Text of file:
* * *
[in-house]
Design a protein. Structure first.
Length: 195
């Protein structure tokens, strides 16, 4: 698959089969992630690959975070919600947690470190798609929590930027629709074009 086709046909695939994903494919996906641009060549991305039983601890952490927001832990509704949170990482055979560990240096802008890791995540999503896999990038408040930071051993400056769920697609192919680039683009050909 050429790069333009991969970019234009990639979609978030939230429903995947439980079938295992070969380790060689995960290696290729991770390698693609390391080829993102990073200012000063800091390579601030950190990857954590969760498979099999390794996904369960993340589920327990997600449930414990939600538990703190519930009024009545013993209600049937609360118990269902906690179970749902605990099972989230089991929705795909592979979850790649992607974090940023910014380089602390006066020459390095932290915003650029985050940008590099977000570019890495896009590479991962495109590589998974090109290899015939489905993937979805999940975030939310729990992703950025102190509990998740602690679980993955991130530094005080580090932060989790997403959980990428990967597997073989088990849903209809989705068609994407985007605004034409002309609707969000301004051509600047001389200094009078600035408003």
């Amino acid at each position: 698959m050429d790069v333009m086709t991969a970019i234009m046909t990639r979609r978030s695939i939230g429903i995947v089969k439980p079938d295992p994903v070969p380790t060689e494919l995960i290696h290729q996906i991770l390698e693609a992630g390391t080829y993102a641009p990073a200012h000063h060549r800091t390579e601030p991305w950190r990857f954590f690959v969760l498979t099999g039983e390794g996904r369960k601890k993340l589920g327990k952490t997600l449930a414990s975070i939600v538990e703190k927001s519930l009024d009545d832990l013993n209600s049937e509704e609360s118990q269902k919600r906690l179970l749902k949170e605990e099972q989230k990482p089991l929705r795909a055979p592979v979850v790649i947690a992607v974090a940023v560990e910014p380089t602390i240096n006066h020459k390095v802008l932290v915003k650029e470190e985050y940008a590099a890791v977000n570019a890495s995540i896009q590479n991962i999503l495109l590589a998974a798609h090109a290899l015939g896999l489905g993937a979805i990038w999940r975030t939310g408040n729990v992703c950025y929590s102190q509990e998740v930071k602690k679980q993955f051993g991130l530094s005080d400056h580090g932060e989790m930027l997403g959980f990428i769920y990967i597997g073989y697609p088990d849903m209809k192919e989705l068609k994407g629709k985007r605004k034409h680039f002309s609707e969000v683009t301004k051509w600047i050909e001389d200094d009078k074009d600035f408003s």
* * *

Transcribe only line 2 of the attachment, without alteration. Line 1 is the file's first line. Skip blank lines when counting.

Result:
Design a protein. Structure first.